Pupils kept at home in protest

Parents protest renovation plan at Randallstown school

Grasmick negotiates

May 09, 2000|By Lynn Anderson | Lynn Anderson,SUN STAFF

Parents kept an estimated 250 Randallstown Elementary School pupils home yesterday to protest a school renovation plan, an action that forced state Superintendent Nancy S. Grasmick to step in and negotiate a last-minute compromise.

The protest was timed to hit state and county educators at a critical time, the start of the Maryland School Performance Assessment Program tests, which are used to gauge learning and state funding.

Grasmick, concerned about the disruption of the testing schedule and the parents' action, rushed to Randallstown to meet with members of the school's PTA. She promised to have state officials review a $6 million renovation plan to make sure it will meet pupils' needs. A meeting between state officials and parents is expected early next month.

"Was it worth it? Most certainly," Ellis Barksdale, a parent and member of the Randallstown construction committee, said after the meeting with Grasmick. "Our point is, if we're going to do this, let's do it right the first time. Let's not waste $6 million and then have to come back and build a new school later."

Barksdale, PTA President Donya M. Douglas and PTA executive board member Sarah Dobson, met with Grasmick and Baltimore County Superintendent Anthony G. Marchione behind closed doors for about two hours yesterday to work out a deal to avoid a second day of absences. Parents wanted to spend the money on a new school and made it clear they would keep their children out for the entire week or longer if necessary.

"I'm sorry it had to come to this," said Grasmick shortly after the meeting broke at about 5: 30 p.m. "Assessment is an important part of our instructional program."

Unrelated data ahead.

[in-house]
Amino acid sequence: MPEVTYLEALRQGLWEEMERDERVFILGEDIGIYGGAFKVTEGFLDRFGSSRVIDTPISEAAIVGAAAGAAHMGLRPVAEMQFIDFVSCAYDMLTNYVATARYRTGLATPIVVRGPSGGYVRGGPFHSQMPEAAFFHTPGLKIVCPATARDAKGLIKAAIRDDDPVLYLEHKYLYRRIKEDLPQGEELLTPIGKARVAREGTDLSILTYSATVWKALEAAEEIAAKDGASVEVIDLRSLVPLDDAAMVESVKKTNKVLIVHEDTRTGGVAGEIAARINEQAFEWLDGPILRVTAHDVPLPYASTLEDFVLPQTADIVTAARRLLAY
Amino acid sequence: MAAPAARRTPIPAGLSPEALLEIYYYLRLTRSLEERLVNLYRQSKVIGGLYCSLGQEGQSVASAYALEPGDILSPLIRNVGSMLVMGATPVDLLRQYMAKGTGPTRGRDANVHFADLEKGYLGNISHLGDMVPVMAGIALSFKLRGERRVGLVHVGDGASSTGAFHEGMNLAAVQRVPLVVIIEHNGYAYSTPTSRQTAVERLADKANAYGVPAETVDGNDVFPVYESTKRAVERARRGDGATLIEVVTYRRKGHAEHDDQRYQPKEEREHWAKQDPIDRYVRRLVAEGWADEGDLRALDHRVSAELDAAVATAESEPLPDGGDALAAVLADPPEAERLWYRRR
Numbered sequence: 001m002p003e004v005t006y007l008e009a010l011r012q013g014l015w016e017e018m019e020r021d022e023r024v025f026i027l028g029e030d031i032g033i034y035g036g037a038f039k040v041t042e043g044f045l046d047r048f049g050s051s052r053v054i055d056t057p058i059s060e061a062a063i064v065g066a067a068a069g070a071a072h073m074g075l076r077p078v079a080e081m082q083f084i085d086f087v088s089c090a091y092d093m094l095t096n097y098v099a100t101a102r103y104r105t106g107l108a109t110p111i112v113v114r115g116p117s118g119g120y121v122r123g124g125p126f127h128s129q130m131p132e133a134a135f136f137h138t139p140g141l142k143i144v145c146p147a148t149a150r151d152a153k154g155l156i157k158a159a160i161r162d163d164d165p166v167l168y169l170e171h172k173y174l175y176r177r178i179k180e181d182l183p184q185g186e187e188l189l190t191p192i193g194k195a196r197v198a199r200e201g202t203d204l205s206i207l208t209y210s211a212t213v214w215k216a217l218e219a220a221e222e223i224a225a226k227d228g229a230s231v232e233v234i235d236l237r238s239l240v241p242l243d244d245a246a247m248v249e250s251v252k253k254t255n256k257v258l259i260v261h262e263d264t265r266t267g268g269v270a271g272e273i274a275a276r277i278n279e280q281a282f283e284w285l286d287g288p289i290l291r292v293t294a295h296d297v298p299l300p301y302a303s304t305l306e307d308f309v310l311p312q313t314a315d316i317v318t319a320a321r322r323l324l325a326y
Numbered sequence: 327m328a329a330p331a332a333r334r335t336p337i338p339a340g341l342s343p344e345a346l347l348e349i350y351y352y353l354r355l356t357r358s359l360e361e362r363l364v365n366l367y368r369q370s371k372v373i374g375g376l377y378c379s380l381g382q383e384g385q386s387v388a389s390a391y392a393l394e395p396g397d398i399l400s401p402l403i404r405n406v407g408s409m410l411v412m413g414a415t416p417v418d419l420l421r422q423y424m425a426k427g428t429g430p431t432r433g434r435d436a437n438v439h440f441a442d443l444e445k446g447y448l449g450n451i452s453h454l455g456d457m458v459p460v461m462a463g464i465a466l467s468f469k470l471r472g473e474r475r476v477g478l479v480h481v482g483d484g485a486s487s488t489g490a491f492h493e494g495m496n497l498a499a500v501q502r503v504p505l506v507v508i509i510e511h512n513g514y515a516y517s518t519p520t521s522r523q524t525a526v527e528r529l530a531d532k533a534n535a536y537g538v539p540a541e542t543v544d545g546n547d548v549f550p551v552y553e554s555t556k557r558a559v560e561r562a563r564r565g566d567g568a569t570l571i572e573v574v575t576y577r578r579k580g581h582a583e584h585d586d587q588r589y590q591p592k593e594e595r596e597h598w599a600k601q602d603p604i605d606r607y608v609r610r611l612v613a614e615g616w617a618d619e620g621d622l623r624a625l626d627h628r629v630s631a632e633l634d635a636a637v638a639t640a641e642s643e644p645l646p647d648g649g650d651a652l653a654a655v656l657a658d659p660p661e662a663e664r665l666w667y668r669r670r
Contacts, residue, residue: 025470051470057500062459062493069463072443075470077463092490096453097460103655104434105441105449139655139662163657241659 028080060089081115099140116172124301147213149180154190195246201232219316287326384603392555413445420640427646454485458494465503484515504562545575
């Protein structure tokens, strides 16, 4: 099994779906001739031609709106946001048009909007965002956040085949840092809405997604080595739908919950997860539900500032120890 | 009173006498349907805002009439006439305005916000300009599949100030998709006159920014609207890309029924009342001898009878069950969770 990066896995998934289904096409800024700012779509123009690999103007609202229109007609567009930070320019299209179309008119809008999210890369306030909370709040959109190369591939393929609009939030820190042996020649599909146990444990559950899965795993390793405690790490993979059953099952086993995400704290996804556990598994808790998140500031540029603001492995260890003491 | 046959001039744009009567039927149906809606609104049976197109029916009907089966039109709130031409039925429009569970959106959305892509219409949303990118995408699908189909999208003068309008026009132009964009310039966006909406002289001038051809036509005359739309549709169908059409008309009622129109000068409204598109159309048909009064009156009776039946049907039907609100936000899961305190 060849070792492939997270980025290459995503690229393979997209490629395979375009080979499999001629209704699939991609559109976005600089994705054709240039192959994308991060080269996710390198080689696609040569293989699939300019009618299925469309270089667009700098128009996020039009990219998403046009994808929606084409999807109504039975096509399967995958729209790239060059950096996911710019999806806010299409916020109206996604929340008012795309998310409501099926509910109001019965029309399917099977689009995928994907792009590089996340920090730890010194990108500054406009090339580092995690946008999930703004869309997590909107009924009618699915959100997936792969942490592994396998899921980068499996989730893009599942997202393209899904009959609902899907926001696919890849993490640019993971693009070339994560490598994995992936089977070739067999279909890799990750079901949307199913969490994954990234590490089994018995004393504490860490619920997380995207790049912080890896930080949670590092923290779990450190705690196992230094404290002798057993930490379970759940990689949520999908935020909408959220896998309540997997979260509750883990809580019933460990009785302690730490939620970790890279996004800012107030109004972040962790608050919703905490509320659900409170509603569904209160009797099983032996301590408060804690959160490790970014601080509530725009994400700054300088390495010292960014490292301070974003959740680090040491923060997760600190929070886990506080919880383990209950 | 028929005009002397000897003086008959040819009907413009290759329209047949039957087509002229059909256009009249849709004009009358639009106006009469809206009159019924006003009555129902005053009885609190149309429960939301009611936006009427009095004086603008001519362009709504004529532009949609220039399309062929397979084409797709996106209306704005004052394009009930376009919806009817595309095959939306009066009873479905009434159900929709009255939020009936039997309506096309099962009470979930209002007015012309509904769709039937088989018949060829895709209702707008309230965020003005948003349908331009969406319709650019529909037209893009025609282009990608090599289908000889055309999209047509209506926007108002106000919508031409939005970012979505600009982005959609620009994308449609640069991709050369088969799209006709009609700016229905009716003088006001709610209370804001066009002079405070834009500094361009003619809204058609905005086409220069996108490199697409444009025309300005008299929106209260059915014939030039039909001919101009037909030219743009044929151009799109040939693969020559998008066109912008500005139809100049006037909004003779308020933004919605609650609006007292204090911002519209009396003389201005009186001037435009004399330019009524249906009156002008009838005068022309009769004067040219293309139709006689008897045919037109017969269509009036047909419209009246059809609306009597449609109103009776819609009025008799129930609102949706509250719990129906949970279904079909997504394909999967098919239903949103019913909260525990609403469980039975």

Randallstown Elementary, a flagstone structure built in 1908, is the oldest school in the county. Parents, calling the school too old and too crowded, have been begging for a new one for at least two years. But other schools, such as Stoneleigh Elementary in Towson, received renovation money first.

Members of the Baltimore County Board of Education toured the school in 1998 and were concerned by the condition of its bathrooms and cramped halls.

Plan set aside

Although there was talk of building a 550-seat school near Randallstown High School, that plan was set aside when education officials decided it would be too costly and the proposed site turned out to be unsuitable.

Instead, board members offered $6 million to build a combined gymnasium and auditorium, along with a new parking lot and bus circle. Inside, new windows and doors will be installed and other repairs will be made. The project is scheduled to begin this summer.

Parents weren't appeased. They appeared at a school board meeting recently to express their disappointment but made little headway. They said a boycott of the school was the only way they could force high-level state officials such as Grasmick to meet with them and hear their concerns.

Yesterday was the first day of MSPAP testing. The tests measure pupils' abilities in math, reading and other subject areas. Third-graders at Randallstown started the exam yesterday. Fifth-graders will begin a similar five-day exam period next week.

Because of the protest, only 22 of 88 Randallstown third-graders showed up for school yesterday. Grasmick said the school's MSPAP scores would not suffer. State officials will adjust the third-grade scores to make up for the missed day, she said.

Support from teachers

Parents assured Randallstown Principal Marcel I. Hall and her staff that the boycott had nothing to do with them or the MSPAP. Parents notified teachers Friday that they might keep their children at home. They used a telephone tree to get the message out. Teachers said yesterday that they support the parents' effort.

Some of them spoke out yesterday about conditions at the school. Teachers pointed out exposed heating pipes, peeling paint, asbestos tiles, cracked windows and extensive water damage in classrooms.

They said they love the school and their pupils but that morale is affected by the school's down-at-the-heels look.

"It's too bad [parents] had to do it this way, but no one was listening," a teacher said.

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